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  • Amy Mantis

If you need me, I’ll be the girl crying in the balcony at the St. James Theater

The first songwriter I remember feeling an intense connection to was Bruce Springsteen. Something in the way he told his stories resonated with teenage me. There was a hunger in his songs that I hadn’t come across in the music I was listening to until I came to discover the Boss.


And I know I’m not alone in my resonance with Bruce. Millions of people have connected to him and to themselves through his songs. He has touched countless lives, and I consider myself lucky to be amongst them.


As a preteen, I listened to a lot of pop-punk, as an early teen/when I started playing guitar, I listened to progenitors of mainstream punk (the Ramones, the Clash, etc) and fell in love with Nirvana, when I was 15 I found my way to the Rolling Stones who were my gateway band to not only the blues but the rest of classic rock. (Sidebar: clearly I’m into a lot of high-energy music. This likely has something to do with my being a high-energy person. But I digress.)


And somewhere amidst that endless stream of sound, I found Bruce. Or Bruce found me - but more than likely I found him as I remember listening to Born In The USA in the back of my mom’s van on the way to Christmas dinner. I can’t have been more than 16, and I couldn’t take my headphones off.


I have a tendency to phase artists in that I get SUPER into someone’s entire body of work in short bursts, and sometimes they stick around in my rotation. Oftentimes they fall off. But Bruce is one of the ones that stuck. So much so that tonight, for the second time, I’m getting to bear witness to the magic and the majesty that is Springsteen On Broadway. I still can’t believe it’s actually happening, but it is. I saw it in 2018, and as soon as I sat down in my seat, I began to cry. The show hadn’t started yet, but I was so overwhelmed by just being there. Chances of it happening again tonight? Strong. For myriad reasons.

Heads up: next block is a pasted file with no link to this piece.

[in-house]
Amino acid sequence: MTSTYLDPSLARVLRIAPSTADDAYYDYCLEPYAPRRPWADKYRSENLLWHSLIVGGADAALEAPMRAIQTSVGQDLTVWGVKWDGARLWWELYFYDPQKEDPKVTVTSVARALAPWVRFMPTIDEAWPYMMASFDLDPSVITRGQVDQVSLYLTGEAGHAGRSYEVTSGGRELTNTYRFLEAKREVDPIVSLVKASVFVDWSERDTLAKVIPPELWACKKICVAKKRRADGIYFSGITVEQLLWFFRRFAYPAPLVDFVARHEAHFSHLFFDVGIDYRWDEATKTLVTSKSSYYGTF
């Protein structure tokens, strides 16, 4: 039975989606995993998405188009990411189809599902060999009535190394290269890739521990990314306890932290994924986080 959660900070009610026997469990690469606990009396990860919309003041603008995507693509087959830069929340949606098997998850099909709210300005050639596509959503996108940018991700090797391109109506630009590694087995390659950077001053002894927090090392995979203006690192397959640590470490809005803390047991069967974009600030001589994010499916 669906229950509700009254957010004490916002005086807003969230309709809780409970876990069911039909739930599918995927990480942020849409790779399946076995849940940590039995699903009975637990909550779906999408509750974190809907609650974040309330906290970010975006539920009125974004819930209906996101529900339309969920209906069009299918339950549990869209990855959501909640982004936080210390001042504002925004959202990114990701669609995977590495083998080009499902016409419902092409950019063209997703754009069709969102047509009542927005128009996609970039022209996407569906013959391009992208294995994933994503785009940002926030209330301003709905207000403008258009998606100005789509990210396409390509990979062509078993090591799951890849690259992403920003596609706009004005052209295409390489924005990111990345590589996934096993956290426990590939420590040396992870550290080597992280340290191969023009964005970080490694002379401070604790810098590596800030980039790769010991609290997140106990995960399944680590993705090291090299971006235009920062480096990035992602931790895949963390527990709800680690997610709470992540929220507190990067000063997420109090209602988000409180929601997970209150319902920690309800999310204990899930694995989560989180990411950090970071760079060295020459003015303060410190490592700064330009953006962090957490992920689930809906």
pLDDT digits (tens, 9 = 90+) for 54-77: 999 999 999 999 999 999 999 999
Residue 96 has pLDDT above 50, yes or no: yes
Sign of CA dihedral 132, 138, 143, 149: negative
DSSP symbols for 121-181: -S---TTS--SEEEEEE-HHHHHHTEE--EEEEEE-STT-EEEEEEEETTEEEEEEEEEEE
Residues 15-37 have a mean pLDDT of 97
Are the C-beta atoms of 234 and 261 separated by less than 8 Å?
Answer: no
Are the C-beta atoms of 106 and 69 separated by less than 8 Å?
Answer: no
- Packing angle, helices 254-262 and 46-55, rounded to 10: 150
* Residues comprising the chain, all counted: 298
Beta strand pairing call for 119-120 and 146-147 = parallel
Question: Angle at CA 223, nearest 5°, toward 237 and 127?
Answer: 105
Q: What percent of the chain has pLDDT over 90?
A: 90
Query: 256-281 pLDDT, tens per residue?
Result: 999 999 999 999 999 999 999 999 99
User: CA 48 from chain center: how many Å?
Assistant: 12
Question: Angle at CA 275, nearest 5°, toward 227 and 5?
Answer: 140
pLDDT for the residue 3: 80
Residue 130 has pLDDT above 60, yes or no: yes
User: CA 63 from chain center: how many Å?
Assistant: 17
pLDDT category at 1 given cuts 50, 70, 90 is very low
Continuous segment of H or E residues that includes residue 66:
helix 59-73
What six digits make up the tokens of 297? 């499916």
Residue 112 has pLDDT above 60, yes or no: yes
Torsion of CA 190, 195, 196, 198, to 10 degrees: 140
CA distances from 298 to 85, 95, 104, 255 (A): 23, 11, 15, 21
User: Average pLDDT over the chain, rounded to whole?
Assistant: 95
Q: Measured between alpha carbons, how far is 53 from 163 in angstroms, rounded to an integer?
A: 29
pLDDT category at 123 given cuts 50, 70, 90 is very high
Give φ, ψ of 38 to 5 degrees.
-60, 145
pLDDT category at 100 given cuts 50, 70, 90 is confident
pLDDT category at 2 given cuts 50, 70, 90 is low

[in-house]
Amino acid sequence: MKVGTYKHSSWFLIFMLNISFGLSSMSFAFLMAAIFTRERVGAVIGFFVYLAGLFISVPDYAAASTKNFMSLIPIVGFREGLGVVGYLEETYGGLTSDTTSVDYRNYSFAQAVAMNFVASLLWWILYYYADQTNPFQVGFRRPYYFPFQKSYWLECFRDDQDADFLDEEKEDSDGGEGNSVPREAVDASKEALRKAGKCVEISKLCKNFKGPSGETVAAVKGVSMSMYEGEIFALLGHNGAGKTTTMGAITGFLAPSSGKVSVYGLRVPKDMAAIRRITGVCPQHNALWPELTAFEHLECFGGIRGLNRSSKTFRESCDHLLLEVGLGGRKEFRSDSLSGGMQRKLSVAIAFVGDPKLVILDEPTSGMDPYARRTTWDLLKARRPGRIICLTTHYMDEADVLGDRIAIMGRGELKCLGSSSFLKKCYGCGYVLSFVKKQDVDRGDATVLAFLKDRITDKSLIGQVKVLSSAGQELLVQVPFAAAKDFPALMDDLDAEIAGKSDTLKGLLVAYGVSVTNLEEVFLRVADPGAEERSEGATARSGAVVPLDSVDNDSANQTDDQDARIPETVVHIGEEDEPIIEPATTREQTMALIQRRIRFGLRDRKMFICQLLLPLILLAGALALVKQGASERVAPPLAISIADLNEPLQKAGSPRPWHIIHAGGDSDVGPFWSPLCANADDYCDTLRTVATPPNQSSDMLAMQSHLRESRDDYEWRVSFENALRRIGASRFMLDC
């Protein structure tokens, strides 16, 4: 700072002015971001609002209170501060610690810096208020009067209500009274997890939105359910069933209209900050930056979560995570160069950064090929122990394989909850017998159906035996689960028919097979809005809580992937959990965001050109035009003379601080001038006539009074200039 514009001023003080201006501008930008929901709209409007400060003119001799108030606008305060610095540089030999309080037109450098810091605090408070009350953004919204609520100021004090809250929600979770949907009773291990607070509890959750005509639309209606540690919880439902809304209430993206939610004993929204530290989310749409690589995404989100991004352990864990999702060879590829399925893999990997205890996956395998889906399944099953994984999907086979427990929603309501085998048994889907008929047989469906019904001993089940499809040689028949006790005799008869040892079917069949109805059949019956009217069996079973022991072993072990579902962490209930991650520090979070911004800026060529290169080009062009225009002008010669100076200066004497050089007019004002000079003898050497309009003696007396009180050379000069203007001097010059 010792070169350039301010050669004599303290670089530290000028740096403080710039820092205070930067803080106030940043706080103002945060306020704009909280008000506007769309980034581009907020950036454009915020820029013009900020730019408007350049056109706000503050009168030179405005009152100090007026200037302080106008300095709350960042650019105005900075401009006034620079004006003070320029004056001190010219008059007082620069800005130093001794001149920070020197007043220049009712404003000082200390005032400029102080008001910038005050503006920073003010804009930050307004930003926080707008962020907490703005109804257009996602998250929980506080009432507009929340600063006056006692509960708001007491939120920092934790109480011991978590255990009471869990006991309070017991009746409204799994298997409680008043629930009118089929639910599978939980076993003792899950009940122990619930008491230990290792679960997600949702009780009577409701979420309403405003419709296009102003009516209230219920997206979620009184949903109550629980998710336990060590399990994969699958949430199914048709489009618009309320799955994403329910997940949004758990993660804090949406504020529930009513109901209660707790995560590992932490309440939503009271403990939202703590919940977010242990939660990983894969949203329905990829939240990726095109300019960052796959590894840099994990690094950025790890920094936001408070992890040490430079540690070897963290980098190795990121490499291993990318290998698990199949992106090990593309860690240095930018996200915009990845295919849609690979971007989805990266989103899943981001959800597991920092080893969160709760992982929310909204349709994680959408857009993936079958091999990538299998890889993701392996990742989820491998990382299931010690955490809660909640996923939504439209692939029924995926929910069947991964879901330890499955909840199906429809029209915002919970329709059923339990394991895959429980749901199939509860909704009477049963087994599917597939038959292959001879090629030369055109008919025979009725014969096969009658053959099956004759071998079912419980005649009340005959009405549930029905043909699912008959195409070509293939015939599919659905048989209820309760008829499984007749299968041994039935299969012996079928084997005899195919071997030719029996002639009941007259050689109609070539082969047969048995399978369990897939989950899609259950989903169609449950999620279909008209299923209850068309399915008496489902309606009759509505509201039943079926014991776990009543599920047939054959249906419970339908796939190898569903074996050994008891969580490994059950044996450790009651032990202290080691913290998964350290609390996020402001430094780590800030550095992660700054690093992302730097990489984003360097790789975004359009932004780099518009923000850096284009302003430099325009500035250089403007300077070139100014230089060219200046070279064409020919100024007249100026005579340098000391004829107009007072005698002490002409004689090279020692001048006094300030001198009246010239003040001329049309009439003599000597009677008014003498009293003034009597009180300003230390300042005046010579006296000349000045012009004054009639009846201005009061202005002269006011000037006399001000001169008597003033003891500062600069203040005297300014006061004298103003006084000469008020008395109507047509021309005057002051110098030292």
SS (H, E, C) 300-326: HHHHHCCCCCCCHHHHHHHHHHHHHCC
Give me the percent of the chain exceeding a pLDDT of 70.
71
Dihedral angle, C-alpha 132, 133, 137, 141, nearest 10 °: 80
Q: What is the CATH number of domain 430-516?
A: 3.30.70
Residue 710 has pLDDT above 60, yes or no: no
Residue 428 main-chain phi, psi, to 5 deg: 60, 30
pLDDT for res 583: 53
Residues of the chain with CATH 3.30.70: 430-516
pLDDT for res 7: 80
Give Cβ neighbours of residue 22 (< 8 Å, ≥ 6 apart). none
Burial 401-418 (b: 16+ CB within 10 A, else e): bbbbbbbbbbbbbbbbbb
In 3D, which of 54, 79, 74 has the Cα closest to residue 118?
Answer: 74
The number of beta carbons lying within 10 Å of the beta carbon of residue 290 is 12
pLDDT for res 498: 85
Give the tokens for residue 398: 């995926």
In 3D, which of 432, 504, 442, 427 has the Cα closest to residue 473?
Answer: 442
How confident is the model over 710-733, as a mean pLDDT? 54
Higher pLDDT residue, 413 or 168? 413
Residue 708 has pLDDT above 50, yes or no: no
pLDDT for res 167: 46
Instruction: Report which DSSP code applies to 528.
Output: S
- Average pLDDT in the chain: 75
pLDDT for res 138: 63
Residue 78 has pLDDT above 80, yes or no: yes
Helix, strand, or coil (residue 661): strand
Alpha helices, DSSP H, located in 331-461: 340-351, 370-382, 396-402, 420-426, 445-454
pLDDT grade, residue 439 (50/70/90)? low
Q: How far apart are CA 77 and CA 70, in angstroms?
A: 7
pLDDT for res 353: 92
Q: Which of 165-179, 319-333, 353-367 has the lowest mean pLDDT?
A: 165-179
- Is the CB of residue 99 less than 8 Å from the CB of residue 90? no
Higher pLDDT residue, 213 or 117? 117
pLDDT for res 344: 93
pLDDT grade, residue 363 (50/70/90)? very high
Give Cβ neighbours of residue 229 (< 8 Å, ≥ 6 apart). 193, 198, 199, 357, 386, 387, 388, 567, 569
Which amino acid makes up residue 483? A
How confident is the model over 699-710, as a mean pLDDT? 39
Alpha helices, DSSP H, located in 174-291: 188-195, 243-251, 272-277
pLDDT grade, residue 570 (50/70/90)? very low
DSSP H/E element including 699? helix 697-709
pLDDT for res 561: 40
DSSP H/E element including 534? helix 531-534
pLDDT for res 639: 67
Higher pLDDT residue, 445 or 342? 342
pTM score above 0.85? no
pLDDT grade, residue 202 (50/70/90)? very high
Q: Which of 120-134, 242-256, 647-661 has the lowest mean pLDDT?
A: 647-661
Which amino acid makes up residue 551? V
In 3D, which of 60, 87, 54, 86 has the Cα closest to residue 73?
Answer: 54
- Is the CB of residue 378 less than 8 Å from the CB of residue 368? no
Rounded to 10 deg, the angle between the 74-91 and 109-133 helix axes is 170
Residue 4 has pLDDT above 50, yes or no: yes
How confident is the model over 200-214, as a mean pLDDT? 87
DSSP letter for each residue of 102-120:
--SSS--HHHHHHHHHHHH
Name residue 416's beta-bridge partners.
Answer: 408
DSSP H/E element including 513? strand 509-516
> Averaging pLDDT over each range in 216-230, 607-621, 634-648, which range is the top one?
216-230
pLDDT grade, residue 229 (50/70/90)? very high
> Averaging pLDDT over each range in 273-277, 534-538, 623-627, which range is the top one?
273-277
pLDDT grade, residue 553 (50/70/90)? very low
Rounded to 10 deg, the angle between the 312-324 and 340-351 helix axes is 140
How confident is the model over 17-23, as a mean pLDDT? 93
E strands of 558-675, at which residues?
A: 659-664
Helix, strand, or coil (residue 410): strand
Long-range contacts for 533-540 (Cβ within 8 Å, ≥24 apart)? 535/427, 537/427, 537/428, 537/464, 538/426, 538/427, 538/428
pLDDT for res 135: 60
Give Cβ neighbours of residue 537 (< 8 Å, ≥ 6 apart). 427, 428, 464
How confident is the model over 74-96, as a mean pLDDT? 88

On my hierarchy of influential artists, Bruce is chief among them. Friend of the band/Former band member, Wells Albritton, once said to me, “Amy, I know you worship Bruce Springsteen, but your songwriting style is much more like Tom Petty’s.”


And Wells is 100% correct. I don’t think it’s always heard in my songs, but I can feel it in my process. It’s a sense of urgency. Bruce and I deal with very different subject matter and have had drastically different lives, but the desire - the need - to write our songs, however different they sound, is virtually identical. That hunger. That hope of connection to another, to understand the world as it lays out before us and to understand our own worlds. That’s the throughline.


I was fortunate enough to meet Bruce when I was 17. It was a fluke. We both happened to be seeing Jersey Boys on the same night, and I pushed my way through the crowd to meet him. And I cried before, during, and after. I wrote this verse when I got back to my hotel:


I looked my hero straight in the eye

And he stared straight back at me

And I knew if I didn’t surrender

It would end up a catastrophe


If you need me, I’ll be the girl crying in the balcony at the St. James Theater.


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